Lice numbers will build over the winter. Long grass and thistles can pull at the fleece resembling lice derangement from rubbing and chewing, however, don’t fall into the trap of missing early signs of lice by making assumptions and not checking.  Catch sheep and perform checks of 10 fleece partings down each side of the body in the bright sunshine. Particularly look in areas where they are chewing. The lice are small so you will need your glasses! Look for movement as well as the larger more obvious females. Lice numbers can be kept under control with long wool products, but eradication can only be achieved by shearing and treating off shears.  Your district vet will have names of sheep dipping contractors if you require them and can assist you with advice.

Pig biosecurity plans. If you have a small number of pigs, you may be contacted by your local district vet and asked if you would like to complete a biosecurity plan for your piggery. The idea of this planning is to both protect your pig individually from disease but also on a greater scale to help keep all domestic pigs in Australia, and the Australian pork industry protected against the imminent threat of African Swine Fever.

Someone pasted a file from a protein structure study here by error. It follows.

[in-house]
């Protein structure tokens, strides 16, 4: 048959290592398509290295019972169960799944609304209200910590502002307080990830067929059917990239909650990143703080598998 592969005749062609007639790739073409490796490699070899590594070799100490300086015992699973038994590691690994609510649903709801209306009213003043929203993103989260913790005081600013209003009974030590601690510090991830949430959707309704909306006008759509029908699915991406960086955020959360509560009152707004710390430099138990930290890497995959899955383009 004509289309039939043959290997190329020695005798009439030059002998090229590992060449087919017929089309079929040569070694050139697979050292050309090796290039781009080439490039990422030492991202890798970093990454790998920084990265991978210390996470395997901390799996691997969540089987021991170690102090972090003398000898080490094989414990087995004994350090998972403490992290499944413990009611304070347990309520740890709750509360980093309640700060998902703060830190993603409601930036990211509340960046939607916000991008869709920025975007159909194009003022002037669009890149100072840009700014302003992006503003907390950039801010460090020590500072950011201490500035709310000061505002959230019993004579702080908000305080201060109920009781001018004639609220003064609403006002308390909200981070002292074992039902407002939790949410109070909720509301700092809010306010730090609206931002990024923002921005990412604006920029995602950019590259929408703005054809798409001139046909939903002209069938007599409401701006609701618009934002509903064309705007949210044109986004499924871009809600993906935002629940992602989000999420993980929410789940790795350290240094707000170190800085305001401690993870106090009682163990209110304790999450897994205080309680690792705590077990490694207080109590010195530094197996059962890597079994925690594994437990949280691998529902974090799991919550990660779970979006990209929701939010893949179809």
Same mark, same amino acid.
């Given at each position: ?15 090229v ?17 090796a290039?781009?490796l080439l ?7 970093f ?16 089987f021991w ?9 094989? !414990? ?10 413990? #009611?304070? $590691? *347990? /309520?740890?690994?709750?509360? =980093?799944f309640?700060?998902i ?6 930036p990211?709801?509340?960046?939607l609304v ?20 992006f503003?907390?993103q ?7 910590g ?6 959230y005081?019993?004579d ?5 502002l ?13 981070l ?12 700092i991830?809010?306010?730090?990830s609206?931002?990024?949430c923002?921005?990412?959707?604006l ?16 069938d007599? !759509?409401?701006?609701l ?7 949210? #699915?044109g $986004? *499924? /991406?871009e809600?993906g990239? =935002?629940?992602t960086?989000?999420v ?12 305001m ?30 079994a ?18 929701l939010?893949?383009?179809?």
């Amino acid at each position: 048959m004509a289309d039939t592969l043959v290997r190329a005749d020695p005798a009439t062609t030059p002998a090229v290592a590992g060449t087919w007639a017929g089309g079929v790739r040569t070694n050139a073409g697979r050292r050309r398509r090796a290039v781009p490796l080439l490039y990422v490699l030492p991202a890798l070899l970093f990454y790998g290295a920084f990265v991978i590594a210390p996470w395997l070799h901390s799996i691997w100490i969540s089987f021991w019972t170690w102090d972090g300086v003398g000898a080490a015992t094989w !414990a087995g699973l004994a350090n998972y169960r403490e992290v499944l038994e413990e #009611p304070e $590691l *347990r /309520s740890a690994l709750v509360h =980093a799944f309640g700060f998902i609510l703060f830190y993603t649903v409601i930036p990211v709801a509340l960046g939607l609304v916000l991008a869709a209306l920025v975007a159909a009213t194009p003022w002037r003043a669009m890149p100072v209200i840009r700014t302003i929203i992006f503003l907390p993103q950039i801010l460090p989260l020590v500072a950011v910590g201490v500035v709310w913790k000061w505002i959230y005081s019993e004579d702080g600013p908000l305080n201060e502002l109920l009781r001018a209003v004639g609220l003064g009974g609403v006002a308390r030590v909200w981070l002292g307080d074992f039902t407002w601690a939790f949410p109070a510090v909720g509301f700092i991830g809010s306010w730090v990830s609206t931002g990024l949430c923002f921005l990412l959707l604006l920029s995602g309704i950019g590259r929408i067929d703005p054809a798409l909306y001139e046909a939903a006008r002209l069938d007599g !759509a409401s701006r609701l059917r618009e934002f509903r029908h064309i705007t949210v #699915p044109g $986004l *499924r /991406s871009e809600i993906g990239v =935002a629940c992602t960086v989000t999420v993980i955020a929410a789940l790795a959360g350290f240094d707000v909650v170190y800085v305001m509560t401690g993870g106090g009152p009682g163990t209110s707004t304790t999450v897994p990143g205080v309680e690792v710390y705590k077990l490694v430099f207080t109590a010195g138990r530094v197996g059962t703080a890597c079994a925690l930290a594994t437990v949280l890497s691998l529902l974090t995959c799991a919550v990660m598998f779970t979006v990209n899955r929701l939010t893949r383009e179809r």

In backyard poultry, our Braidwood DV has diagnosed a case of Mareks disease in young pullets where some older chickens were brought into the flock and spread the disease as silent carriers. Mareks Disease is a common viral disease of poultry that causes internal tumours and has a fatality rate of 60%. The disease mostly affects chickens less than 18 months of age. Commercially bred chickens are vaccinated against Mareks disease either in the egg or at day 1 of age. Non-commercial breeders have less easy access to vaccine. It’s important to understand the vaccination status of the chickens you have and of any chickens you plan to add to the flock. You can learn more about Mareks Disease in this video Mysterious Marek's - YouTube


Lou Baskind District Vet Palerang (Braidwood),  Alex Stephens (Yass) & Amy Underwood - Final year CSU Veterinary Science